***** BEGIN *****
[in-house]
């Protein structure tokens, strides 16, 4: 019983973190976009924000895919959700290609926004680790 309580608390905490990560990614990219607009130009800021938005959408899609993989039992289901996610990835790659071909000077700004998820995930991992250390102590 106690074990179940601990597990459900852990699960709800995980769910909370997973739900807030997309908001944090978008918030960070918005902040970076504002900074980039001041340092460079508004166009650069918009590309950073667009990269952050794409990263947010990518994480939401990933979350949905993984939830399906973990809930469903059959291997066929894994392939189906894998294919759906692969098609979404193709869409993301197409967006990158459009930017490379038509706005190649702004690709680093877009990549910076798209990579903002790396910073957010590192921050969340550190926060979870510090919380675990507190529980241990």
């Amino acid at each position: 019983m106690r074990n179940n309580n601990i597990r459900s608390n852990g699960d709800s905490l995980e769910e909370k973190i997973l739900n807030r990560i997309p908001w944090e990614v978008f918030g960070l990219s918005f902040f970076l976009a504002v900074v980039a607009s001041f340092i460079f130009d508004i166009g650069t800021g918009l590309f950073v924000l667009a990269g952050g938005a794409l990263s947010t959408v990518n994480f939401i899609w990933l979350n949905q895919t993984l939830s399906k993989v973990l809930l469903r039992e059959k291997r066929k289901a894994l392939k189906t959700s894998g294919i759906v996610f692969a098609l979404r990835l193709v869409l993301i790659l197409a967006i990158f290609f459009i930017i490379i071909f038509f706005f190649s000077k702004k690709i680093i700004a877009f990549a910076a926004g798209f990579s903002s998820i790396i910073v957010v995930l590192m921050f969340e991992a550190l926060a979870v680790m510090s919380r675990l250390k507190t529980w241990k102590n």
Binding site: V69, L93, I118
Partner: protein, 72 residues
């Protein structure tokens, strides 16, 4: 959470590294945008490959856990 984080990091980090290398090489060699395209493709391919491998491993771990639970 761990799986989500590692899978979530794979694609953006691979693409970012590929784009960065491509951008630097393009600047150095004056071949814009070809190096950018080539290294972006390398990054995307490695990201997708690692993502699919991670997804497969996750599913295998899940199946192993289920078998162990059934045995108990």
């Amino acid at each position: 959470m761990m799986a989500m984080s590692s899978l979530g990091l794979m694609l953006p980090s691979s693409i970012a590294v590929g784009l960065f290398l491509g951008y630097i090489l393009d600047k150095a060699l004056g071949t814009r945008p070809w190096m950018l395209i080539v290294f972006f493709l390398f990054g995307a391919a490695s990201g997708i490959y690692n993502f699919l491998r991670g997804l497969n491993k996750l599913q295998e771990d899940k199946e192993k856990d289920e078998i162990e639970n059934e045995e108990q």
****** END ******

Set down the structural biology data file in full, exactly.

[in-house]
């Protein structure tokens, strides 16, 4: 019983973190976009924000895919959700290609926004680790 309580608390905490990560990614990219607009130009800021938005959408899609993989039992289901996610990835790659071909000077700004998820995930991992250390102590 106690074990179940601990597990459900852990699960709800995980769910909370997973739900807030997309908001944090978008918030960070918005902040970076504002900074980039001041340092460079508004166009650069918009590309950073667009990269952050794409990263947010990518994480939401990933979350949905993984939830399906973990809930469903059959291997066929894994392939189906894998294919759906692969098609979404193709869409993301197409967006990158459009930017490379038509706005190649702004690709680093877009990549910076798209990579903002790396910073957010590192921050969340550190926060979870510090919380675990507190529980241990």
């Amino acid at each position: 019983m106690r074990n179940n309580n601990i597990r459900s608390n852990g699960d709800s905490l995980e769910e909370k973190i997973l739900n807030r990560i997309p908001w944090e990614v978008f918030g960070l990219s918005f902040f970076l976009a504002v900074v980039a607009s001041f340092i460079f130009d508004i166009g650069t800021g918009l590309f950073v924000l667009a990269g952050g938005a794409l990263s947010t959408v990518n994480f939401i899609w990933l979350n949905q895919t993984l939830s399906k993989v973990l809930l469903r039992e059959k291997r066929k289901a894994l392939k189906t959700s894998g294919i759906v996610f692969a098609l979404r990835l193709v869409l993301i790659l197409a967006i990158f290609f459009i930017i490379i071909f038509f706005f190649s000077k702004k690709i680093i700004a877009f990549a910076a926004g798209f990579s903002s998820i790396i910073v957010v995930l590192m921050f969340e991992a550190l926060a979870v680790m510090s919380r675990l250390k507190t529980w241990k102590n």
Binding site: V69, L93, I118
Partner: protein, 72 residues
């Protein structure tokens, strides 16, 4: 959470590294945008490959856990 984080990091980090290398090489060699395209493709391919491998491993771990639970 761990799986989500590692899978979530794979694609953006691979693409970012590929784009960065491509951008630097393009600047150095004056071949814009070809190096950018080539290294972006390398990054995307490695990201997708690692993502699919991670997804497969996750599913295998899940199946192993289920078998162990059934045995108990």
């Amino acid at each position: 959470m761990m799986a989500m984080s590692s899978l979530g990091l794979m694609l953006p980090s691979s693409i970012a590294v590929g784009l960065f290398l491509g951008y630097i090489l393009d600047k150095a060699l004056g071949t814009r945008p070809w190096m950018l395209i080539v290294f972006f493709l390398f990054g995307a391919a490695s990201g997708i490959y690692n993502f699919l491998r991670g997804l497969n491993k996750l599913q295998e771990d899940k199946e192993k856990d289920e078998i162990e639970n059934e045995e108990q």